Protect The Conscience
In Part 1, it was argued that the church has a responsibility to defend God’s eternal principles, specifically religious freedom, from government tyranny. This does not mean that God needs us. But in the same way we are commanded to pray even though God knows our thoughts, we are commanded to stand for His truth even though he can do so and has done so without us. Furthermore, our failure to strive to live according to God’s will leads not only to suffering for the believer but for those who stumble by virtue of our example. Thus, as the primary proclaimer of the truths upon which the conscience is nourished, the church has a divine duty to protect and encourage the exercise of a reasonable and conscientious objection to authoritarianism.
The Foundation for a Healthy Conscience
The health of one’s conscience is directly proportional to one’s acceptance of God’s word and the first principles of his created order; these are the three laws of logic (non-contradiction, identity, and excluded middle). These laws are written on the heart – everyone knows them whether they can formulate them or not.
One of implications of these first principles is freedom; we are free to choose God or reject God, but we cannot do both at the same time (Law of Non-Contradiction); we are free to believe lies or reject lies; the truth that we are free transcends even the most despot regimes. Eternal truths have God as their source, and it is our conscience that operates as a tool to apprehend and make judgements (not calculations) based on those truths.
The author, philosopher, and winner of the hardest-last-name-to-spell award, J. Budziszewski, commentating on St. Thomas Aquinas’s Summa Theologica, states it this way:
. . . natural law is the “participation” of the rational creature in the eternal law. For this reason, obedience to God’s law in no way diminishes human freedom. On the contrary, being made in his image, we are most true to ourselves precisely when we are most true to himJ. Budziszewski, Commentary on Thomas Aquinas’s Treatise on Law (New York: Cambridge Univ. Press), 7.
In short, God’s natural law serves as the objective foundation to conscience. It is in pursuing truth that we can live out the great Russian author, Aleksandr Solzhenitsyn’s prescription for tyranny found in his essay, Live not By Lies:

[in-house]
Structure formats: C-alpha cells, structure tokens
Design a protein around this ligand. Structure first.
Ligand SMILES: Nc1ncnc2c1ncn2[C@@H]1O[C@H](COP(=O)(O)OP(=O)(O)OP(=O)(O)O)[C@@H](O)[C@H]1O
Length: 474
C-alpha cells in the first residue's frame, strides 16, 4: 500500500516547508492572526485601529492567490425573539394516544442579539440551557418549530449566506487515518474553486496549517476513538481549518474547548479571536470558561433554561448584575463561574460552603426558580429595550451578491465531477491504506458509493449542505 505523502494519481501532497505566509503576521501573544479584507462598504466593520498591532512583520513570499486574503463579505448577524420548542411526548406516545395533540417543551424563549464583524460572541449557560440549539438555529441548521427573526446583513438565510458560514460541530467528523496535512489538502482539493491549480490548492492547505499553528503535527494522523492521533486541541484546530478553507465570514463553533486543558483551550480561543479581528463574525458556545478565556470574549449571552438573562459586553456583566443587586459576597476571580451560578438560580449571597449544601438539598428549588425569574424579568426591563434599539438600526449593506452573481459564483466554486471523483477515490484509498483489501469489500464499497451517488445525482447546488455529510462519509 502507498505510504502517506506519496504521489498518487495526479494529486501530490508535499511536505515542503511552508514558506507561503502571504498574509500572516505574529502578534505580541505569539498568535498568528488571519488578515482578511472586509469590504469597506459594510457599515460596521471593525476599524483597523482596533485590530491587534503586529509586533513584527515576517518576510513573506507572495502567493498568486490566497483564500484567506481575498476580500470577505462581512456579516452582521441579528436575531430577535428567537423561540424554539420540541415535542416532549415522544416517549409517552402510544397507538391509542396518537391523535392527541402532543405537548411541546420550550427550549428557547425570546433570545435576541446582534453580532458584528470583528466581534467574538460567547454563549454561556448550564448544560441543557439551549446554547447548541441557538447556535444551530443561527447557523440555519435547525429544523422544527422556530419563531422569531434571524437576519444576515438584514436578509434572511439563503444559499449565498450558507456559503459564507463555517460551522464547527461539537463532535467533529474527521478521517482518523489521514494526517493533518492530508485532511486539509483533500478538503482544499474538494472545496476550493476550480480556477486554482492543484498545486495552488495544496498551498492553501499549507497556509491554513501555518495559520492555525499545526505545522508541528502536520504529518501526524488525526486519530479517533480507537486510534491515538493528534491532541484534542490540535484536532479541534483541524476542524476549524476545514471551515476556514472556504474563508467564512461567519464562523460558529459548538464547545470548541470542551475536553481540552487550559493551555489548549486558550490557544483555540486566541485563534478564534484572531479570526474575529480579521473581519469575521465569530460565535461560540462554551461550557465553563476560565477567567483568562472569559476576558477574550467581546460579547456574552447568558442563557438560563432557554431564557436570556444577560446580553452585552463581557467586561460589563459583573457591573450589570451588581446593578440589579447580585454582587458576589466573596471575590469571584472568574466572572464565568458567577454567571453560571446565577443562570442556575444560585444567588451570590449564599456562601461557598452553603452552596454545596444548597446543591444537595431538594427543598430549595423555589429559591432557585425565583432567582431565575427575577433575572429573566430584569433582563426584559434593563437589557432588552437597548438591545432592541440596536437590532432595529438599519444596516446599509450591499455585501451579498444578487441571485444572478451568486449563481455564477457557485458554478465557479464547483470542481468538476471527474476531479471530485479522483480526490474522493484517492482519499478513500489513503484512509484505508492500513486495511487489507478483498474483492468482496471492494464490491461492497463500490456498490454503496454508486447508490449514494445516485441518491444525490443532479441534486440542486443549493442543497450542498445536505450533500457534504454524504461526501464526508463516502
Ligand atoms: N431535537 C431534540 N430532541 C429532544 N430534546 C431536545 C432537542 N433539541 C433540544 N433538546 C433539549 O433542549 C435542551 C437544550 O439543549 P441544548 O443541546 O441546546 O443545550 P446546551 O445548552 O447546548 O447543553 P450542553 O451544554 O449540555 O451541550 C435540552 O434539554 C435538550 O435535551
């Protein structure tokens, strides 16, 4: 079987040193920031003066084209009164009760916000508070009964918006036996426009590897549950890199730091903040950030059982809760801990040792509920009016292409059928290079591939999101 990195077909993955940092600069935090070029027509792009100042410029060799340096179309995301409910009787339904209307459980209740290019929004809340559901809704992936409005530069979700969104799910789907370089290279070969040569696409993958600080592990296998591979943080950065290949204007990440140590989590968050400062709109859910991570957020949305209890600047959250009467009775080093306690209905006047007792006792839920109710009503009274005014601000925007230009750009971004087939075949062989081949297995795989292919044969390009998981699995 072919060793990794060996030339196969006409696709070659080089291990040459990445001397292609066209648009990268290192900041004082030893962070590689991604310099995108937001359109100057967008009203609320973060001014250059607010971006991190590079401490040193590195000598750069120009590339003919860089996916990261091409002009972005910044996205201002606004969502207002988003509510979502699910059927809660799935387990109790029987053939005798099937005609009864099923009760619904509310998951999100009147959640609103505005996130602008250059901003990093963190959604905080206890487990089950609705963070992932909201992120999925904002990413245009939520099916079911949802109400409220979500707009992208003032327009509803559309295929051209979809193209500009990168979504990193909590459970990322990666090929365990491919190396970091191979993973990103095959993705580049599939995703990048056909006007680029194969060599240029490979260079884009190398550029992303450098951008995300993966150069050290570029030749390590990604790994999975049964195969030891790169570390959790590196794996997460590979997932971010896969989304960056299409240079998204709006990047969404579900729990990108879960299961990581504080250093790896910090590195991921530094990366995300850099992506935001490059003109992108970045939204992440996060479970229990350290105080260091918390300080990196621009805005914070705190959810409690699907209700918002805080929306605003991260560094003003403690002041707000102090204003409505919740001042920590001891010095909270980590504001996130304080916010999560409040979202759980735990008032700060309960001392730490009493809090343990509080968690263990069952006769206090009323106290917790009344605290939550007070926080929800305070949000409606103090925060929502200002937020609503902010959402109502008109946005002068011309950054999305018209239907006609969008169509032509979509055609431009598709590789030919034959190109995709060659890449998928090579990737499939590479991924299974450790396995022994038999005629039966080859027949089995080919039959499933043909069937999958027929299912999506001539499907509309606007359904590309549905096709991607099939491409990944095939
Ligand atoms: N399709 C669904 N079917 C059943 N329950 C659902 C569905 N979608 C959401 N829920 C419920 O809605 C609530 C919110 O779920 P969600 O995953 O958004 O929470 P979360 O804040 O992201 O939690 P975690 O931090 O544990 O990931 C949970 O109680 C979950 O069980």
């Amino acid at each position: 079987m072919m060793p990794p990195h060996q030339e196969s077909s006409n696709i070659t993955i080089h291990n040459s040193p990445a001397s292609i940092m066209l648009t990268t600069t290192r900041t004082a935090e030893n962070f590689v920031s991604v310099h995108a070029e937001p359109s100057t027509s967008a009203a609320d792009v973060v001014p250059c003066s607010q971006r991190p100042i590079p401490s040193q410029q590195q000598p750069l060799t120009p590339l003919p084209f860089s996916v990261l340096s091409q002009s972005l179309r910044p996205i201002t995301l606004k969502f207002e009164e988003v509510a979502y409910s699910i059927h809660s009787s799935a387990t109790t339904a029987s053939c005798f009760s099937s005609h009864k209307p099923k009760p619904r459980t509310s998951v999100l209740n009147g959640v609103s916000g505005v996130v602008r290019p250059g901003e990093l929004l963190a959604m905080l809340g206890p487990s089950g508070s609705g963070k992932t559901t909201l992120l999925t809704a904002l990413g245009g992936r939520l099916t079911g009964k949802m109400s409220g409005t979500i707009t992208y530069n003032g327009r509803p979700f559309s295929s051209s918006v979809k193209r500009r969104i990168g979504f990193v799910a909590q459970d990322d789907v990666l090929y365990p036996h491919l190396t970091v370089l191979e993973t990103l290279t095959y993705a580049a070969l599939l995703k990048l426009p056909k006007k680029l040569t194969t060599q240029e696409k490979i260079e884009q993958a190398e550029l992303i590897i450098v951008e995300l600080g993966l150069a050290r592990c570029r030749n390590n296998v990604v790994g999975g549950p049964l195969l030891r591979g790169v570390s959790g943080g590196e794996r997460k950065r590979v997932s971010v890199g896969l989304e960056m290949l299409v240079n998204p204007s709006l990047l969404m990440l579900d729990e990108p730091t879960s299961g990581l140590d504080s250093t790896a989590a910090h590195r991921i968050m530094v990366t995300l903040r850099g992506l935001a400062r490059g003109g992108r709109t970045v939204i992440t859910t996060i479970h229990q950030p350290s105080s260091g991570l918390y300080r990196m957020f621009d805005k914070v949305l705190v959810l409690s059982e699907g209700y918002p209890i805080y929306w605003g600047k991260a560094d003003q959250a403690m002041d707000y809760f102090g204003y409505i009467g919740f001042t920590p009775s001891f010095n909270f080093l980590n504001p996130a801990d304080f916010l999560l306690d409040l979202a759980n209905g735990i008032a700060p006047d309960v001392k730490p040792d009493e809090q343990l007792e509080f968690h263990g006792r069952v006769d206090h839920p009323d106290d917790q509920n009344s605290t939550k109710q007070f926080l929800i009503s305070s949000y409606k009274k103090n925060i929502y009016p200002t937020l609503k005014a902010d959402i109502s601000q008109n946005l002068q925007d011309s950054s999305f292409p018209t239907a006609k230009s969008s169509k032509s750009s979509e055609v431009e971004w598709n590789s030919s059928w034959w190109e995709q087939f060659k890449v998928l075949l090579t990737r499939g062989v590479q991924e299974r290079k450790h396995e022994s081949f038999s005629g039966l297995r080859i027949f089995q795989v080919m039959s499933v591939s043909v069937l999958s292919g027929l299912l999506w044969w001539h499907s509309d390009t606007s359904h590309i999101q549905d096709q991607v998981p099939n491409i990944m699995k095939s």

And therein we find, neglected by us, the simplest, the most accessible key to our liberation: a personal nonparticipation in lies! Even if all is covered by lies, even if all is under their rule, let us resist in the smallest way: Let their rule hold not through me!
And this is the way to break out of the imaginary encirclement of our inertness, the easiest way for us and the most devastating for the lies. For when people renounce lies, lies simply cease to exist. Like parasites, they can only survive when attached to a person.SolzhenitsynCenter.org — Essay: Live Not By Lies
The foundation for a healthy conscience is the truth. I do not mean this in some abstract general sense that leads to affirmation of everything and commitment to nothing. And it is not a call to merely “do what feels right”. It is the belief that at its core, reality is intelligible and our understanding of it brings us closer to our Maker. The conscience, if not fed the truths of God, will become weak and anemic in the court of divine law. But in submitting our conscience to God’s order, it will become a powerful defender and affirm us in our actions, despite the most powerful governments and persons acting against it (Rom. 2:15; Matt. 10:28).
Destroying the Conscience: Exchanging the Truth for a Lie
If the way to strengthen your conscience is to resolve to live by the truth and reject lies, then the destruction of the conscience would come from living according to lies and rejecting the truth. Solzhenitsyn’s essay continues about the weak conscience:
We are approaching the brink; already a universal spiritual demise is upon us; a physical one is about to flare up and engulf us and our children, while we continue to smile sheepishly and babble:
“But what can we do to stop it? We haven’t the strength.”
We have so hopelessly ceded our humanity that for the modest handouts of today we are ready to surrender up all principles, our soul, all the labors of our ancestors, all the prospects of our descendants—anything to avoid disrupting our meager existence. We have lost our strength, our pride, our passion. We do not even fear a common nuclear death… but fear only to take a civic stance! We hope only not to stray from the herd, not to set out on our own, and risk suddenly having to make do without the white bread, the hot water heater, a Moscow residency permit.SolzhenitsynCenter.org — Essay: Live Not By Lies